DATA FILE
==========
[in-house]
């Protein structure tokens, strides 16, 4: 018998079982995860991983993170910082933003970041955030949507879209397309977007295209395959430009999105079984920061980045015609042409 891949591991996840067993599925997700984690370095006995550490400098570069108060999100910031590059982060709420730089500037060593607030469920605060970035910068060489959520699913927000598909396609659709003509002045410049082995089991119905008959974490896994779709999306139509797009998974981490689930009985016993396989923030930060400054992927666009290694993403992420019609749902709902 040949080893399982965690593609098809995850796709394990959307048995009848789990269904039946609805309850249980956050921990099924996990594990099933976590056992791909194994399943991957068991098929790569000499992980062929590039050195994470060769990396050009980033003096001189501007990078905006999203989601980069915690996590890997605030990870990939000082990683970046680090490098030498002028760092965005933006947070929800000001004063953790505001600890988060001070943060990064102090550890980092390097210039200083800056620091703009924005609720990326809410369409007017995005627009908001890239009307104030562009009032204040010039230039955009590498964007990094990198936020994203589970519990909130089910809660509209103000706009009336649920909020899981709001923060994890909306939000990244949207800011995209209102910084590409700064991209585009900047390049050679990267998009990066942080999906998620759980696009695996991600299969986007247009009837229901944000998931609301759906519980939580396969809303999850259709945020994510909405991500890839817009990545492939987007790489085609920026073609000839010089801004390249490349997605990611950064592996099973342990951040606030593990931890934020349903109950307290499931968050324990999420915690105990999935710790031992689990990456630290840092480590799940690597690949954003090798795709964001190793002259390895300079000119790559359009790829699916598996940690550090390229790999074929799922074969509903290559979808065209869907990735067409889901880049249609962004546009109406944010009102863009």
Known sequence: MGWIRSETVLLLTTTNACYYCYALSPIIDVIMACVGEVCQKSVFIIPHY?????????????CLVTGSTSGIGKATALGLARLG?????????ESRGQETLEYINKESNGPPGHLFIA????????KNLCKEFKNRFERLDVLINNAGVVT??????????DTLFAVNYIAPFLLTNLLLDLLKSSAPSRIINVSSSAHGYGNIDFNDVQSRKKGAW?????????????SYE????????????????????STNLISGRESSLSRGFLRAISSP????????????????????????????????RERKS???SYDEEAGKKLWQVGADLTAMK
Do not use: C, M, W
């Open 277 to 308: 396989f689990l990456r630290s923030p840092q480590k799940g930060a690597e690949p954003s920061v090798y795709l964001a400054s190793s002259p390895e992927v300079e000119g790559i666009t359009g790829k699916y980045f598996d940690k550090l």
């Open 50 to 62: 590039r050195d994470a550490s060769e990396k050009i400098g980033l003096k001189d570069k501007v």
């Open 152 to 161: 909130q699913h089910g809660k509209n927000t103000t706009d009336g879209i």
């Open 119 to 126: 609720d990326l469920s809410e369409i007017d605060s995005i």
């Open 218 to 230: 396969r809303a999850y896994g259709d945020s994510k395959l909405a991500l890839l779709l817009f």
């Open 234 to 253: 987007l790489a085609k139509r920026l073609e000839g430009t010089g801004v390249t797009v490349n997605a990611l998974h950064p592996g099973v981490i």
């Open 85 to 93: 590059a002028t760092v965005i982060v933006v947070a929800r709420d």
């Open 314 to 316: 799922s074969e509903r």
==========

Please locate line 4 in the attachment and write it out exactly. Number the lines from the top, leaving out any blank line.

Do not use: C, M, W